They grew up on opposite sides of the Iron Curtain. In Communist East Germany, Sahra Wagenknecht learned as a child that Russia was an ally and the United States a threat to peace, while 250 miles away, Gerd Bauz lived near an American military base that he was told was there to protect West Germany from a feared Warsaw Pact invasion.
Despite those different upbringings, the pair agree on one thing: Germany today should be trying to stop the war in Ukraine, not helping to keep the fighting going by arming Kyiv with more sophisticated weapons, tanks and other materiel. It’s a view shared by millions of Germans vociferously opposed to war.
“Germany started two catastrophic world wars, and that’s why war scares us stiff,” said Wagenknecht, 53, a member of Parliament for the opposition Left party. “It makes me sick to think that German tanks could be used to attack Russians again.”
Bauz, 72, believes Russia’s invasion of Ukraine could be halted quickly if only the U.S. had the will to take the lead in peace talks.
“It’s completely absurd that there’s war in Europe in the 21st century,” said Bauz, whose parents’ families were decimated in World War II and who became a conscientious objector. “We need to be beyond warfare in Europe. It’s all wrong.”
That historical memory — of two global conflicts Germany instigated, first under their kaiser in 1914 and then under the Nazis in 1939, that led to widespread destruction and the deaths of tens of millions — helps explain why the country has been so reluctant to send arms to Ukraine to support its defense against Russia’s invasion. Although Berlin has so far gone along with other NATO countries and gradually become a major supplier of military hardware to Kyiv, including howitzers and anti-aircraft systems, it has often dragged its feet in doing so, to the exasperation of its allies.
The recent dust-up over whether to send combat tanks, which Chancellor Olaf Scholz finally agreed to this week only after the U.S. signaled its intention to do the same, offered the latest example of German hesitancy. But it won’t be the last, analysts say, warning that Berlin will continue to need cajoling and pressuring even as the war spins on and as Russian President Vladimir Putin looks for divisions to exploit among Ukraine’s backers.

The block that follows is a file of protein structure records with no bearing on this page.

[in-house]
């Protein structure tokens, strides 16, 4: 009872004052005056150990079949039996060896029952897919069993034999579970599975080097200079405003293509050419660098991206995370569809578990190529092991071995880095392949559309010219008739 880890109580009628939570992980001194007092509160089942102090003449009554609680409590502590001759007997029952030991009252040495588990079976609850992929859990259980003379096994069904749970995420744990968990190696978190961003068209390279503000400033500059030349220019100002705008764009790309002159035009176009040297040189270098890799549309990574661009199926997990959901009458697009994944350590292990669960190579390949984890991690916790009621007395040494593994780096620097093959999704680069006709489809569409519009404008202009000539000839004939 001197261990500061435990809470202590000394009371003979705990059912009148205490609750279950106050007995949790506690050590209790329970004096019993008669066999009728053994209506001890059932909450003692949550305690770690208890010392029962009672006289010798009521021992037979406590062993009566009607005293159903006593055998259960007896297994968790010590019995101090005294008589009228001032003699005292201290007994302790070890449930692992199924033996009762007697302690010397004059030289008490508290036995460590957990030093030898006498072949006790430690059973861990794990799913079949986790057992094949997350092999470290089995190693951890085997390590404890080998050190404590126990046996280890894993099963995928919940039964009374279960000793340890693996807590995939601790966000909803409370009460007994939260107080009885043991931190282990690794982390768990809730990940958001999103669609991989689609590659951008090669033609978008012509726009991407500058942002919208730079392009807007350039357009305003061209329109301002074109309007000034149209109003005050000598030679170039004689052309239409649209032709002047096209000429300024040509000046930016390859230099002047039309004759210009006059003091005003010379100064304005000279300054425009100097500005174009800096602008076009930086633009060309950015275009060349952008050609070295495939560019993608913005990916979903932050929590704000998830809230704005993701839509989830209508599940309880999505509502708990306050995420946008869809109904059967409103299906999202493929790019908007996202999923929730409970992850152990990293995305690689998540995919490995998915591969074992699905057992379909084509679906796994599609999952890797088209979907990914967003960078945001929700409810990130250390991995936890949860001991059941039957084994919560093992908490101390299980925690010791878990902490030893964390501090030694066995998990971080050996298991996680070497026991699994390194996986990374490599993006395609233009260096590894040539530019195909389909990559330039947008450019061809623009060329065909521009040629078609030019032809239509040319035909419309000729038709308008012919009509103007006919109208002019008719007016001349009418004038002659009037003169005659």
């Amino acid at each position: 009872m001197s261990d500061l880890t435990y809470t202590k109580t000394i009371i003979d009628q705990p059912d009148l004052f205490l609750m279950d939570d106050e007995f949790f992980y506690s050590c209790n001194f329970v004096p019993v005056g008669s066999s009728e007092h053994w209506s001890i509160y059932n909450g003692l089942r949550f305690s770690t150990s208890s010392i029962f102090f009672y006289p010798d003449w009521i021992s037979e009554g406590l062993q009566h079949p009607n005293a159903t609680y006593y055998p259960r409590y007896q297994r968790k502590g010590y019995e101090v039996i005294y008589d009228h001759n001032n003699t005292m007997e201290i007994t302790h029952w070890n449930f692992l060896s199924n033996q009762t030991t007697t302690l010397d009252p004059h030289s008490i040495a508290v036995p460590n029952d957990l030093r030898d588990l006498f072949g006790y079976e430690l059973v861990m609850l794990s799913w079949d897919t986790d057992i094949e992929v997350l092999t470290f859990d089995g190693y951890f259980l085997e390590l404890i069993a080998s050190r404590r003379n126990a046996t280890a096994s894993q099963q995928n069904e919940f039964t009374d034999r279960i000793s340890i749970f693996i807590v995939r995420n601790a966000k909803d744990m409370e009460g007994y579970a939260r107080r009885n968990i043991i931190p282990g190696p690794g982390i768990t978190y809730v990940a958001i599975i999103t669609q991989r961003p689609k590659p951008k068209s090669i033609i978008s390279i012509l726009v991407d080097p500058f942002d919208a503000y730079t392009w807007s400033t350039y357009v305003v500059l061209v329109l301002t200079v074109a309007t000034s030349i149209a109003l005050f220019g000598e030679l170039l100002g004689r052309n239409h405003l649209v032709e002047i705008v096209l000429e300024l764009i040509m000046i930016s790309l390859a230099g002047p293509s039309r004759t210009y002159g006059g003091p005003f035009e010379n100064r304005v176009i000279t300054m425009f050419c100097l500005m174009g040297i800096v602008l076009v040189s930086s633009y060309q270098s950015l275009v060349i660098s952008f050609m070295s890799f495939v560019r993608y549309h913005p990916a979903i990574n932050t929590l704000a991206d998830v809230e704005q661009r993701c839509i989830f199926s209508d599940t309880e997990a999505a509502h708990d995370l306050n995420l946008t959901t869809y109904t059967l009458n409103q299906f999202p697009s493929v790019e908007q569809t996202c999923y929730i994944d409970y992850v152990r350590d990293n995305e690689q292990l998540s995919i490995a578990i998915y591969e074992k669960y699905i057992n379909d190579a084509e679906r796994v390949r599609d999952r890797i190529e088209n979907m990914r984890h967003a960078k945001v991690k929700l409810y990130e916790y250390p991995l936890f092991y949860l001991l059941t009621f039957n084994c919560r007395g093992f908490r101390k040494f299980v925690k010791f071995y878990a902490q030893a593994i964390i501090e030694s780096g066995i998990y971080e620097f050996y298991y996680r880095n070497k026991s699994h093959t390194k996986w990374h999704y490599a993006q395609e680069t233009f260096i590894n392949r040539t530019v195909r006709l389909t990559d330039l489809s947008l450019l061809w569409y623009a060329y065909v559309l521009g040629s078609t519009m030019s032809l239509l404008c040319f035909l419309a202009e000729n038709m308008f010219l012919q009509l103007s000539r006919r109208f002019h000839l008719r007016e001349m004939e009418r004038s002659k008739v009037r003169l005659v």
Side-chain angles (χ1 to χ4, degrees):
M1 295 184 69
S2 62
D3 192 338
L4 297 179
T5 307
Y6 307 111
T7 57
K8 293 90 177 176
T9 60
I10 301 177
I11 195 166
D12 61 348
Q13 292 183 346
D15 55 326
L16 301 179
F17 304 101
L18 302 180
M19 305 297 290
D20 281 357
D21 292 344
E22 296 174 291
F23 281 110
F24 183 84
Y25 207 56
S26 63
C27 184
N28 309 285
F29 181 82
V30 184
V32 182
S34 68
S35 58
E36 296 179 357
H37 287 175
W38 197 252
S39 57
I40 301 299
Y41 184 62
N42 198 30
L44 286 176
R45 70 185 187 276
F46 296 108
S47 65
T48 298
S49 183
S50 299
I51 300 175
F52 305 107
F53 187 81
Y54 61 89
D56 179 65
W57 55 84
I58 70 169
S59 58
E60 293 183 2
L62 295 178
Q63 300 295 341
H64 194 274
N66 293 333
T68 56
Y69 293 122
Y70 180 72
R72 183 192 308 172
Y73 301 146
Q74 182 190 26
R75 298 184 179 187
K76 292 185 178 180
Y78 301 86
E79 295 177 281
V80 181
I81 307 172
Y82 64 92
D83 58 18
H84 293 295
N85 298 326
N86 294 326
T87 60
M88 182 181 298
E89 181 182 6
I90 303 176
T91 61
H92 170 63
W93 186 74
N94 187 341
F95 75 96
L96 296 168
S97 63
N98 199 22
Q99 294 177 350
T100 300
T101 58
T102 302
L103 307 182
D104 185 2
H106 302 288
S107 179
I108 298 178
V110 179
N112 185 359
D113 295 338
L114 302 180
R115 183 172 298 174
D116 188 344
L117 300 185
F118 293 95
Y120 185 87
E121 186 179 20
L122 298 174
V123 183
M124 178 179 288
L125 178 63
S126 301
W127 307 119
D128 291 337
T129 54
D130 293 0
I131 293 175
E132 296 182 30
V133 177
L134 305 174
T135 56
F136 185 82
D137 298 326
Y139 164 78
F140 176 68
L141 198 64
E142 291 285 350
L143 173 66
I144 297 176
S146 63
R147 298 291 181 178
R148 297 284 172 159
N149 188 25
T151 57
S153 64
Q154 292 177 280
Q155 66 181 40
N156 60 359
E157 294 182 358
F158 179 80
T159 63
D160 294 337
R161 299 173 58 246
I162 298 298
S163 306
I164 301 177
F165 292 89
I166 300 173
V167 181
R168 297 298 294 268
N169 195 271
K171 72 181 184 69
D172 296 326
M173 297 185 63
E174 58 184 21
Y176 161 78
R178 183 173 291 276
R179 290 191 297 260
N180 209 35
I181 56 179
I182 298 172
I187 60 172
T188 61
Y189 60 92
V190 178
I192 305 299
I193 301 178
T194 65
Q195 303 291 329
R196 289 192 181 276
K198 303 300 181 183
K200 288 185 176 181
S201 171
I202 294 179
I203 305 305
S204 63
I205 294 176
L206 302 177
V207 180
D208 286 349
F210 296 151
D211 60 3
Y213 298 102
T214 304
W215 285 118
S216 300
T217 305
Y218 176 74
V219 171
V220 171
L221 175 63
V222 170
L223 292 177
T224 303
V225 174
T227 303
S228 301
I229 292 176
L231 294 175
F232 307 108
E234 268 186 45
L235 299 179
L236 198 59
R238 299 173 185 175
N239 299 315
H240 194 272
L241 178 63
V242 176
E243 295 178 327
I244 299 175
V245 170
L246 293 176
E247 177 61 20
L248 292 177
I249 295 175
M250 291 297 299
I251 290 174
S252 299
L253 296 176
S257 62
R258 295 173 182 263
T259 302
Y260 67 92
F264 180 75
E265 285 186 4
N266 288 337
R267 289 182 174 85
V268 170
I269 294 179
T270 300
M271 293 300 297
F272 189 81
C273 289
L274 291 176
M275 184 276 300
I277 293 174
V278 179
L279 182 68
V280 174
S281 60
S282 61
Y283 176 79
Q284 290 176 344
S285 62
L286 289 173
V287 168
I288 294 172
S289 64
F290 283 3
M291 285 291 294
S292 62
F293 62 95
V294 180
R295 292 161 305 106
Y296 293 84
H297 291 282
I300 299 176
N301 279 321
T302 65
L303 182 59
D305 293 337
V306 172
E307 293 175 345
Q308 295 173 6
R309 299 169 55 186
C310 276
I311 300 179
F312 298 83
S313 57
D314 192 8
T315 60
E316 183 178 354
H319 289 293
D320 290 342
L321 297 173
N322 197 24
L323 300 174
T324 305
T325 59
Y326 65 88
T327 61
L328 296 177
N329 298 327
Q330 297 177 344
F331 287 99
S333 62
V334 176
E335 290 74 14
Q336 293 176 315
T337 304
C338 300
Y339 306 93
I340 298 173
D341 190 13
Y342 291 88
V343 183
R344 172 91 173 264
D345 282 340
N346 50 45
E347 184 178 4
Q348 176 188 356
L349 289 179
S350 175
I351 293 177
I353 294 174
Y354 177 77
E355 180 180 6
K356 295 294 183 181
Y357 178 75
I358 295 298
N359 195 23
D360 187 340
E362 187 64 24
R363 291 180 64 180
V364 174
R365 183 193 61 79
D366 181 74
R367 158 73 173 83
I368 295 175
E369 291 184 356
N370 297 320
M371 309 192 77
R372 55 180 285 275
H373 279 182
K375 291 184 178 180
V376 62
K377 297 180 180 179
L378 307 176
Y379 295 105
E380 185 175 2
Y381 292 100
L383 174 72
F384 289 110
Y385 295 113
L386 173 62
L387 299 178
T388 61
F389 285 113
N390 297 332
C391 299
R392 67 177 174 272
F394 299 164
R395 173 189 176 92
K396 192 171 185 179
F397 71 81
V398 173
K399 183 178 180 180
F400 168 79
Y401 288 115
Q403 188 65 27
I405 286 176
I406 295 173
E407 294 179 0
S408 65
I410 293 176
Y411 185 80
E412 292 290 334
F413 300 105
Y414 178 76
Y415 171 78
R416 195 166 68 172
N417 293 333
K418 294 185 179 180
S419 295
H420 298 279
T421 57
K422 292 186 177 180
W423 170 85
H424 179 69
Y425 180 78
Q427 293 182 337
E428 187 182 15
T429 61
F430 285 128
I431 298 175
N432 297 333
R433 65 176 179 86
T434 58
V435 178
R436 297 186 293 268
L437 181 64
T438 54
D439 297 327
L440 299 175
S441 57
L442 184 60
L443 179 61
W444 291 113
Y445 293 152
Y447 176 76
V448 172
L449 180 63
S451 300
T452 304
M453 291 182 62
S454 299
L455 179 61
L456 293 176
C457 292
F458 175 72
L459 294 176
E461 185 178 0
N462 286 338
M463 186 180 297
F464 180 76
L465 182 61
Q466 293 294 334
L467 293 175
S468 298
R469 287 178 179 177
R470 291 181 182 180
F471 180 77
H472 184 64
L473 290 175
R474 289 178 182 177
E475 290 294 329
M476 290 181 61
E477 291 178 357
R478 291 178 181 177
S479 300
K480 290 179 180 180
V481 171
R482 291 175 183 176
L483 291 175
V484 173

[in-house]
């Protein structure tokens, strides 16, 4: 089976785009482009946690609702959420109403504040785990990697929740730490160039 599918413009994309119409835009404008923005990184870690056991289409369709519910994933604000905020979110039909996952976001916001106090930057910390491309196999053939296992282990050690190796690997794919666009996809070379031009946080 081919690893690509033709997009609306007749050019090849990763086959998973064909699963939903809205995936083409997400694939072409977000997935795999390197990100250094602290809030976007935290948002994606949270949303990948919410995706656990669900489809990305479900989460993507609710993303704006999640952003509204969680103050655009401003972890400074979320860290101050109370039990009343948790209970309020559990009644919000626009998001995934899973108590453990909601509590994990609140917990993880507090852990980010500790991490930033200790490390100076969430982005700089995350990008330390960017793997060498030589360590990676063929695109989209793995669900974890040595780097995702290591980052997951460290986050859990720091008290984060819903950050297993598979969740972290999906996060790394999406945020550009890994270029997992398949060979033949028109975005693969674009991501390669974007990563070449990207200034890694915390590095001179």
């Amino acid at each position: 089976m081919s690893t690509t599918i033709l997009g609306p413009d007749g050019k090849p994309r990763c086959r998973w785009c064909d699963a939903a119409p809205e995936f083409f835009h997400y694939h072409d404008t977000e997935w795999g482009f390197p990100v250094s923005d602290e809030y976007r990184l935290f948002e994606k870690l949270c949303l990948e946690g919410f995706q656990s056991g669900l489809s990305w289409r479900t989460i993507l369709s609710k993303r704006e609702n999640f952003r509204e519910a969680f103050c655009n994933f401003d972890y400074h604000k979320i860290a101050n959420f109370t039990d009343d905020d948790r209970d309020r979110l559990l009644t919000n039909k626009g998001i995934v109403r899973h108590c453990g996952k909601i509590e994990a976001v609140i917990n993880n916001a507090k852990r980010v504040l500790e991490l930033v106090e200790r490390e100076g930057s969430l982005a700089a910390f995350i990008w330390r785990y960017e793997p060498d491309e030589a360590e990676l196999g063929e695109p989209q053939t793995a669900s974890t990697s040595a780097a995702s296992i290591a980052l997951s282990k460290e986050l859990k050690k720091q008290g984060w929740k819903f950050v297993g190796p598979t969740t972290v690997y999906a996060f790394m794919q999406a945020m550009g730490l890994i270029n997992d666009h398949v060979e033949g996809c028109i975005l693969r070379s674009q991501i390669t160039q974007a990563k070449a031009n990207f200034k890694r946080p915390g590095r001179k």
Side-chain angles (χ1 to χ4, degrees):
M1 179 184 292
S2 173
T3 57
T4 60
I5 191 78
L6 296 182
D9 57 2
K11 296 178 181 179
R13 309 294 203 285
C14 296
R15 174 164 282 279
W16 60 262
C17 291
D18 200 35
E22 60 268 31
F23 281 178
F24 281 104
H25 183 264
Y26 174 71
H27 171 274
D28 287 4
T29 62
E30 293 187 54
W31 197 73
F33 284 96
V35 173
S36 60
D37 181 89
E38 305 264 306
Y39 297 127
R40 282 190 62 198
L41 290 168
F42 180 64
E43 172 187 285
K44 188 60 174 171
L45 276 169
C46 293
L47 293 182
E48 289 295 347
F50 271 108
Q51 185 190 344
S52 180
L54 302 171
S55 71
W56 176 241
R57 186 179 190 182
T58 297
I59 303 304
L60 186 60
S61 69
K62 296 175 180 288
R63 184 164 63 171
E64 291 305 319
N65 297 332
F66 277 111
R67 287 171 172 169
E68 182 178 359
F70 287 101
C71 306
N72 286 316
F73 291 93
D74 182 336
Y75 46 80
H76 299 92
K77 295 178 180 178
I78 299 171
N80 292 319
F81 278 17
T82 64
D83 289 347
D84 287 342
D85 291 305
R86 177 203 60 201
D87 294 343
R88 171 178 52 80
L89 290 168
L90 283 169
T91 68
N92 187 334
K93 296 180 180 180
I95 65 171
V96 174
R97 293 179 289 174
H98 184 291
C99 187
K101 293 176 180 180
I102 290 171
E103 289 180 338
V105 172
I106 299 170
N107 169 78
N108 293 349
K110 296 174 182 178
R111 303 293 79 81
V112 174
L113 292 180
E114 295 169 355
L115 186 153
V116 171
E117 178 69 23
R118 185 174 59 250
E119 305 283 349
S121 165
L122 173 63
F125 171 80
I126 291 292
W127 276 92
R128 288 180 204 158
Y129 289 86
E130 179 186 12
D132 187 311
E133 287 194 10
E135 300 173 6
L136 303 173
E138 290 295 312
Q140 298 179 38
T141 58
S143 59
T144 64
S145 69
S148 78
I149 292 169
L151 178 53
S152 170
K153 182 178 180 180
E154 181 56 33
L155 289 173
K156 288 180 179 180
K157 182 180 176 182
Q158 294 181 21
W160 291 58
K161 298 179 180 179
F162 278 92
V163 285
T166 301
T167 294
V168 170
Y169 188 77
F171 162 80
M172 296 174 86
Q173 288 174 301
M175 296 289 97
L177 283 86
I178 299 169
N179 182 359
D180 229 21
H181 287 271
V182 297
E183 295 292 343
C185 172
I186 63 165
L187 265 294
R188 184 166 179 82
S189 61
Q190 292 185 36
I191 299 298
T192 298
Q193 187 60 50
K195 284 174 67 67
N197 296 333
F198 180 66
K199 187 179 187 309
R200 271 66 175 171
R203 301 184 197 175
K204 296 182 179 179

“It’s Germany’s signature on foreign policy since Feb. 24, 2022,” the day of Russia’s invasion, said Soenke Neitzel, an author and military historian at Potsdam University. “Act together with your alliance partners — but only in the middle or at the rear of the NATO convoy.”
Scholz announced Wednesday that Berlin would send 14 of its highly regarded Leopard 2 tanks to Ukraine, which is bracing for a renewed offensive by Russian forces after the winter. Just as important, Scholz also agreed to grant the export permission that other NATO countries, such as Poland and Spain, need before they can dip into their own stocks of the German-made 60-ton combat tanks and transfer them to Ukraine.
But Scholz acknowledged many Germans’ opposition to or unease with his decision. He pleaded for their confidence in a solemn speech to Parliament and tried to impress upon them the threat in their backyard.
“There really is a war in Europe, and it’s not far from Berlin,” he said. “A lot of people are fearful. I urge you to have trust in me. … We’ll make sure that our support is possible without raising risks to our country.”
He assured them that Germany would never put boots on the ground in the current conflict: “We won’t send troops to Ukraine, and there won’t be any NATO involvement. You have my word on that.”
For its part, the Biden administration has agreed to furnish Kyiv with powerful U.S. M1 Abrams tanks, a move that gave Scholz the political cover to follow suit.
A recent poll showed Germans to be fairly evenly divided over whether to provide Ukraine with tanks, with 46% in favor and 43% opposed. A majority of those opposed are supporters of Scholz’s center-left Social Democratic Party, which has made things awkward for the chancellor.
Germany’s weapons deliveries to Ukraine have marked the end to one of its self-imposed postwar limits on arms: a ban on exporting military equipment to conflict zones.
The tectonic shift is part of what Scholz, in a landmark speech a few days after Russian troops barreled into Ukraine, called a Zeitenwende in Berlin’s military policy — a new era dawning. He pledged to set up a special fund worth about $109 billion to re-equip Germany’s armed forces, though none of it has so far been spent on weaponry. Germany’s military spending has long been below NATO’s agreed-upon target of 2% of gross domestic product and is currently just 1.3%.
Bolstering the war machine of another, non-NATO nation — Ukraine — is a step too far for many Germans, who are especially frightened by Putin‘s threats to use nuclear weapons.
“A lot of people in Germany are duly worried that we’re going to get dragged into the war in Ukraine,” said Wagenknecht, one of Germany’s leading antiwar voices. “I think it’s irresponsible to follow a logic that there can only be military solutions.